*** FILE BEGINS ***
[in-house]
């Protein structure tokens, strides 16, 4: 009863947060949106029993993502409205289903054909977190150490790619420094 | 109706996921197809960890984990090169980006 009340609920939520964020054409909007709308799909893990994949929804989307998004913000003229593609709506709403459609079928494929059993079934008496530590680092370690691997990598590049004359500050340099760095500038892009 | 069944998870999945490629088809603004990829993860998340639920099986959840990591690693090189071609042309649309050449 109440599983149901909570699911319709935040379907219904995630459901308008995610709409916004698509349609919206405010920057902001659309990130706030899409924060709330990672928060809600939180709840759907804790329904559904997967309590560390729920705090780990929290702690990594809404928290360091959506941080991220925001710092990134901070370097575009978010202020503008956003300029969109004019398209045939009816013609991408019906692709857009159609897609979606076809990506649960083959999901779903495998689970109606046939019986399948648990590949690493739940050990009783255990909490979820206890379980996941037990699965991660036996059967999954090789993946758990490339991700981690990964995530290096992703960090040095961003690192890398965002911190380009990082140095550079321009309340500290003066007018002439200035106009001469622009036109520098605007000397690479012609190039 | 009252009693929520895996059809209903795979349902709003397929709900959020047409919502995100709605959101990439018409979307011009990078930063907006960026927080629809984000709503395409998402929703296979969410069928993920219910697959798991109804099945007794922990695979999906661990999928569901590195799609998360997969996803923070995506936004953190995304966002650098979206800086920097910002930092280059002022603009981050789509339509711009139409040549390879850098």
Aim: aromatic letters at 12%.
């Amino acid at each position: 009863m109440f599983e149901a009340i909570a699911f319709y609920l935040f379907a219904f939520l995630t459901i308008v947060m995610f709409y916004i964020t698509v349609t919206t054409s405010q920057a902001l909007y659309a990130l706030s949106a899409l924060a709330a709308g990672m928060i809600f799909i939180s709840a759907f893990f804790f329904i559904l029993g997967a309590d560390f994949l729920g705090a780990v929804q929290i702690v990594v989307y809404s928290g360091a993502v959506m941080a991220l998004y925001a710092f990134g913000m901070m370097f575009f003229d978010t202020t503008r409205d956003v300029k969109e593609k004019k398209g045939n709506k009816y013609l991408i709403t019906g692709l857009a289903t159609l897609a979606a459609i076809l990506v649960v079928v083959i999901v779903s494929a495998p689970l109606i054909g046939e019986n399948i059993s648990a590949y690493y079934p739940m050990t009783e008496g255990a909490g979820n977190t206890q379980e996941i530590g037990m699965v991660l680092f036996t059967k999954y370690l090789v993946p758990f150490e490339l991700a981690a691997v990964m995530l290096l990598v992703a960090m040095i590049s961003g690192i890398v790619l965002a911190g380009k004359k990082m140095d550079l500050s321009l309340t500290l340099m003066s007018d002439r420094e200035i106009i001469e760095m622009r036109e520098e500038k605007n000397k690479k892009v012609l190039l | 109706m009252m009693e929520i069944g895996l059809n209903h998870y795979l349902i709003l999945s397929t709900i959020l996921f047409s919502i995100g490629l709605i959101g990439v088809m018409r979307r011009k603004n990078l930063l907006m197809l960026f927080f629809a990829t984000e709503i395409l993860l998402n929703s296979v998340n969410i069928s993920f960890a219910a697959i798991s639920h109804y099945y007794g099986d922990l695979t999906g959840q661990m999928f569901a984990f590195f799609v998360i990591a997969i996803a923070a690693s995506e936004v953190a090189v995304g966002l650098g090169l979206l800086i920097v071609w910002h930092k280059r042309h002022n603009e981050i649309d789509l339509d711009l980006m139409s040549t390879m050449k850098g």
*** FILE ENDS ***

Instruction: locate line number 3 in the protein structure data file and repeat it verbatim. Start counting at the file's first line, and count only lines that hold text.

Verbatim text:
Aim: aromatic letters at 12%.